An Oregon school district is halting plans to make condoms available to children in grades six through twelve as more research is conducted into the controversial distribution policy.

IMAGE DISTRIBUTED FOR AIDS HEALTHCARE FOUNDATION - AIDS Healthcare Foundation condoms during a Valentines's Day press conference to introduce a statewide law requiring condom use by adult film performers, Thursday, Feb. 14, 2013, in Los Angeles. Credit: AP IMAGES FOR AIDS HEALTHCARE FOUNDATION

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The Gervais School District in Gervais, Oregon, recently voted in favor of having trained teachers offer condoms to children after first speaking with them — presumably about safe sex.

The district’s board of directors green-lighted the plan back in May, but a fall 2014 implementation has now been postponed after superintendent Matt Henry voiced some concerns, according to the Statesman Journal.

At the heart of the matter is the notion that teachers and not trained health care professionals would be giving condoms out — something that Henry said would make the Gervais School District the only district in Oregon to put such a responsibility on educators.

The Statesman Journal reported that the board agreed with Henry that delaying the decision and bringing in an expert to advise officials would be key to helping find a solution to the district’s growing teen sex and pregnancy problem, though they made it clear that something must be done.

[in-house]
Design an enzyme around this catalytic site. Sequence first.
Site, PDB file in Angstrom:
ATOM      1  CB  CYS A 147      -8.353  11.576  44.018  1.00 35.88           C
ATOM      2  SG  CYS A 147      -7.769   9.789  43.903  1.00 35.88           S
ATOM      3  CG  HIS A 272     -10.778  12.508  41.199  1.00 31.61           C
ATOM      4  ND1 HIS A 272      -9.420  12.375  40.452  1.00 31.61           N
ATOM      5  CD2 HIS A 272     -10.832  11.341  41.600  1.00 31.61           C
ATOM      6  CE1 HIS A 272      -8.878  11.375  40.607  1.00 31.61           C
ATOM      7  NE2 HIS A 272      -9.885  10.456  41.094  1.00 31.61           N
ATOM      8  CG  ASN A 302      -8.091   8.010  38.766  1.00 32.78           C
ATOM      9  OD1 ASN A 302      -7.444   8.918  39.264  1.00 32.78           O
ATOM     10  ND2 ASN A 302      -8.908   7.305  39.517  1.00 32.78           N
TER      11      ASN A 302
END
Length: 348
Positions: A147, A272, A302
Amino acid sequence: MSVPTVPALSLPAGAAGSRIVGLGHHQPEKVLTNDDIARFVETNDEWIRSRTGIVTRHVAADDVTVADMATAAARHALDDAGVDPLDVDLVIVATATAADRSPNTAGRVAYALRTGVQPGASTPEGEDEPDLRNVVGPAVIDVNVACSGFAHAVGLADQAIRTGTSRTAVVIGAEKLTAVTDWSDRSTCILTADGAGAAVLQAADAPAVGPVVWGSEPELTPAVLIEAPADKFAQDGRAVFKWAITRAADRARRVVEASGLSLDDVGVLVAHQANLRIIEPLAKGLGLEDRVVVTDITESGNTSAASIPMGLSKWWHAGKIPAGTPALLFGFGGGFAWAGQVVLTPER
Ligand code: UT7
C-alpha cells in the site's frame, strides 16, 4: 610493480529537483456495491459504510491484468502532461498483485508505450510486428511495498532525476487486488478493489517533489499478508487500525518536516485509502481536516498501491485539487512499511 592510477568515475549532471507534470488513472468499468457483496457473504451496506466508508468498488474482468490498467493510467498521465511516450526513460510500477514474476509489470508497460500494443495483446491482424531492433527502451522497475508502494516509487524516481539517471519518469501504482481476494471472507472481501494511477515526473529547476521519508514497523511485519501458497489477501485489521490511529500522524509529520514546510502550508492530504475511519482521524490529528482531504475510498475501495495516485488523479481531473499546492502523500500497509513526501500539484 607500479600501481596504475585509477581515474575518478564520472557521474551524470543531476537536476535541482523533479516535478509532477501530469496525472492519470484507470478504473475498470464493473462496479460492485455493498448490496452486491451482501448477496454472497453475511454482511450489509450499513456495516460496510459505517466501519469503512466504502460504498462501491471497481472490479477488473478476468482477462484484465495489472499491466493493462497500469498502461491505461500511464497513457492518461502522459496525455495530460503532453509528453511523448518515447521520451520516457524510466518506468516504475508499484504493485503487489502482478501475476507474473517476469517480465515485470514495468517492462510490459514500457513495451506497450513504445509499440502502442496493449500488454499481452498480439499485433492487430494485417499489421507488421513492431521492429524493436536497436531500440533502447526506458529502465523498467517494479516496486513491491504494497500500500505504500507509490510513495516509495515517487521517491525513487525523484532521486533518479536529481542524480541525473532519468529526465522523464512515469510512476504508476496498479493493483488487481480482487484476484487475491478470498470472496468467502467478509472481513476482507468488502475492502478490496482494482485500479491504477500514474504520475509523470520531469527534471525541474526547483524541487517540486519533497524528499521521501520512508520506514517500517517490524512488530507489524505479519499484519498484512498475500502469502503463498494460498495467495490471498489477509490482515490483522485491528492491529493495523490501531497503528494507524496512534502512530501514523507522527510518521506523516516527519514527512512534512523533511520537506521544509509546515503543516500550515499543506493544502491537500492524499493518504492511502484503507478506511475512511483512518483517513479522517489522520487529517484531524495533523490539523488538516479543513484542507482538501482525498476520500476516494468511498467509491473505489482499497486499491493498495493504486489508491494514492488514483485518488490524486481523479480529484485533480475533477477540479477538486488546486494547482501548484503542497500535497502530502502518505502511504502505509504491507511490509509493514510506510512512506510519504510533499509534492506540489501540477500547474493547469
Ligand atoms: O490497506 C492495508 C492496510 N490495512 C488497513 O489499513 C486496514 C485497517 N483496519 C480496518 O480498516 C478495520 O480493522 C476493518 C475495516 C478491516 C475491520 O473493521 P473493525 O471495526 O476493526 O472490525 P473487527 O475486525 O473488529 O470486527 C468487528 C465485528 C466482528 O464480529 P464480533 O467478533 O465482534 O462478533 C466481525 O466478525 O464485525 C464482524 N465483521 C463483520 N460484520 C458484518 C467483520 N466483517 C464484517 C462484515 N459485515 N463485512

Mike Solem, principal of Gervais High School, also told the board at a recent meeting that his school isn’t ready to start giving out condoms in the fall and that students had already been asking teachers and “beating down” their doors for access to condoms when the district’s plans first went public.

The controversial condom plan was crafted in response to a rash of student pregnancies in the district. Nine girls became pregnant during the last school year, so officials have been looking for solutions to curbing the problem, according to USA Today.

. Credit: AFP/Getty Images

AFP/Getty Images

An earlier report in the Statesman Journal cited a June meeting during which parents shared a plethora of opinions on the condom plan. Some said that it was inappropriate for the district to focus on handing condoms out and that abstinence education would be more appropriate.

One parent, though, said he didn’t oppose the policy, but that he wanted to be notified if condoms were handed out to his children.

“Don’t go just handing them out,” said Fortino Olea, a father of three kids in the district. “I’d like to know if my son is sexually active.”

Proposals to fix the problem emerged after nursing interns from Oregon Health and Science University presented a study that found that 7 percent of girls in the district’s high school had become pregnant and that sexually active youths weren’t using protection, USA Today reported.

(H/T: Statesman Journal)